Later in the novel, Elinor learns that Edward was previously engaged to Lucy and we also find that Willoughby was previously engaged to Miss Grey. The commonalities are striking. Willoughby and Edward both have secret marriages that had no planning. Both marriages would have been ridiculed and not allowed by the parents of the two. Elinor reluctantly becomes the confidant of Lucy, displaying remarkable restraint and self-control when Lucy tells Elinor of her affair. “Elinor’s security sunk; but her self command did not sink with it,” said the narrator, displaying Elinor’s incredible discipline. Despite knowing the truth about Edward, Elinor became neither vengeful nor angry for more than short period of time. After briefly rationalizing Edward’s actions, Elinor found that while “her case were pitiable, his was hopeless.” Elinor chose to keep the affair private, and told no one, not even Marianne.

Elinor refused to let this become a topic of gossip among their social circle. Marianne, on the other hand, made her sulking over Willoughby a public matter, even wanting to leave Mrs. Jennings’ house immediately. “I cannot stay to endure the questions and remarks of all these people,” Marianne said. She became antisocial, leaving the house only when pressured to, and began to detest Willoughby. “Cruel, cruel- nothing can acquit you,” Marianne said after she had read Willoughby’s response to her letters. “Where was your heart when you wrote those words? Oh! Barbarously insolent!” Oblivious to her sister’s problems, Marianne cries out “Happy, happy Elinor, you cannot have an idea of what I suffer.” In fact, Elinor knew exactly what Marianne was going through, she just handled it differently.

However, handling it differently didn’t necessarily translate into happiness. Acting on opposite ends of the spectrum only brought both Miss Dashwoods more misery. Elinor, on the far side of the spectrum acted with complete sense and had nothing to show for it. While Elinor hoped that “something would occur to prevent (Edward from) marrying Lucy,” she still found herself without a husband. Meanwhile, Marianne, the complete opposite of Elinor, foolishly wandered in the rain in hopeless search of Willoughby and found herself very ill. The only saving grace for the Dashwoods would be a change in character, a step outside of sense for Elinor, and sensibility for Marianne. Elinor jumped outside her character at the conclusion of the novel when Edward said he was no longer marrying Lucy. Elinor “burst into tears of joy, which at first she thought would never cease.” Elinor, who had displayed remarkable control throughout the novel couldn’t hold sense anymore. The same held true for Marianne, who throughout the novel had acted purely with sensibility.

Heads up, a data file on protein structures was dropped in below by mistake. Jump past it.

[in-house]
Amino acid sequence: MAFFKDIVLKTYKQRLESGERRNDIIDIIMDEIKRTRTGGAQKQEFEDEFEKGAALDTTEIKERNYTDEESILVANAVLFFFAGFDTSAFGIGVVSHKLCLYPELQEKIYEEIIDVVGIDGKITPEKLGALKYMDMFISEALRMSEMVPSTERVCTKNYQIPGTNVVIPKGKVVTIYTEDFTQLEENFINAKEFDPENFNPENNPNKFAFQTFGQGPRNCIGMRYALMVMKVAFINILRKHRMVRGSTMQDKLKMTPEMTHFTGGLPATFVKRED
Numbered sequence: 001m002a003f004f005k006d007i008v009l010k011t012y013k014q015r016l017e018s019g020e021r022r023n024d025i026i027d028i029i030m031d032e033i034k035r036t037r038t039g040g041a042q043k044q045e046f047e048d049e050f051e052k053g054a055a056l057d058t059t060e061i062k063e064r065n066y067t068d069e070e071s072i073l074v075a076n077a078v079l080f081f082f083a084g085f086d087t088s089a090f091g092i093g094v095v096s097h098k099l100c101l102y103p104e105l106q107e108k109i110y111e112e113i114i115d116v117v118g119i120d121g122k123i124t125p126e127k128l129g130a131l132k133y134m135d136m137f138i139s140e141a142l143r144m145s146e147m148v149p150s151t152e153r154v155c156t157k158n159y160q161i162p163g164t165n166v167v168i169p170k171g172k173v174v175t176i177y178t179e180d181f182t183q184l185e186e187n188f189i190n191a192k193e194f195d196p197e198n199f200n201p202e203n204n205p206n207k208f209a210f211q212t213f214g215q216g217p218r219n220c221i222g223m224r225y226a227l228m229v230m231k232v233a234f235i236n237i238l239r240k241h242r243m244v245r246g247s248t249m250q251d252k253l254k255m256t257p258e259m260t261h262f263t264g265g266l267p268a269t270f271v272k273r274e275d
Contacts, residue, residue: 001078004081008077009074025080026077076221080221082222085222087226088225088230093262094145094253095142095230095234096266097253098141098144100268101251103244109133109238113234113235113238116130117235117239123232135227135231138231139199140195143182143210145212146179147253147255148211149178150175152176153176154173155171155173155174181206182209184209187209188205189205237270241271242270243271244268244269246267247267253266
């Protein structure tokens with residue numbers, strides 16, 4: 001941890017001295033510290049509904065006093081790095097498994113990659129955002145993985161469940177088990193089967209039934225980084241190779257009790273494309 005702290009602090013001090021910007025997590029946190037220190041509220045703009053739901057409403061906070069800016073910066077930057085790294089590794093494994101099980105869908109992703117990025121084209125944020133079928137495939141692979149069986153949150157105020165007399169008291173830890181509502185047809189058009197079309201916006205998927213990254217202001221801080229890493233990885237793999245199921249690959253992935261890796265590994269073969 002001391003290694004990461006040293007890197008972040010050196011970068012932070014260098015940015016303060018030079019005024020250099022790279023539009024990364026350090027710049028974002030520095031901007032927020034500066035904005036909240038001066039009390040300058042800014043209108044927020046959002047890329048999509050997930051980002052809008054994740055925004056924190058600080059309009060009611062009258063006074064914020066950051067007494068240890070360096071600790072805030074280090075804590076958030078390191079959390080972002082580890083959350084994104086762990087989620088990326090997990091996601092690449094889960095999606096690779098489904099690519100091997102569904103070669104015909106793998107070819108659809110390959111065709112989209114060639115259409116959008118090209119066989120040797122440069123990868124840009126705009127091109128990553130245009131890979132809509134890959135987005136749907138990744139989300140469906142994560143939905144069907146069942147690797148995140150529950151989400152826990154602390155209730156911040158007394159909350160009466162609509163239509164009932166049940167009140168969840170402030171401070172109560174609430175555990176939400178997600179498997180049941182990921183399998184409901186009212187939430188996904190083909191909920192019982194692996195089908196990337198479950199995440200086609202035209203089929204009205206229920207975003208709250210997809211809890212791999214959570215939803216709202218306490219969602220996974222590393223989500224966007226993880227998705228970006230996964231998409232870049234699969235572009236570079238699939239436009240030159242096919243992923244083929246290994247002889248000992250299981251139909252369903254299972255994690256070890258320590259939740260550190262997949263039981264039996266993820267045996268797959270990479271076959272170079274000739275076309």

After finding out that Elinor had gone through the same struggles and persevered, Marianne began amending her ways. “My feelings shall be governed and my temper improved,” Marianne said. “They shall no longer worry others, nor torture myself.” Though their personalities and actions contrasted greatly throughout the novel, by the conclusion, Marianne matured, and heeded advice from her sister. Furthermore, marrying Colonel Brandon, who also had displayed sense throughout the novel, Marianne further bridged the gap between her and sense.

Through Marianne and Elinor were polar opposites at the beginning of the novel with Elinor acting completely with sense and Marianne with sensibility, they managed to come more towards a moderate spot in the spectrum. Marianne finally acted with sense, marrying Colonel Brandon, a more practical marriage than Willoughby.

Meanwhile, Elinor displayed some sensibility, finally shedding tears that had built up throughout the book. Austen appropriately named this novel “sense and sensibility,” and not “sense or sensibility,” because she wanted to convey the idea that either extreme of the spectrum leads to misery and unhappiness. By balancing the two, Marianne and Elinor found tranquility.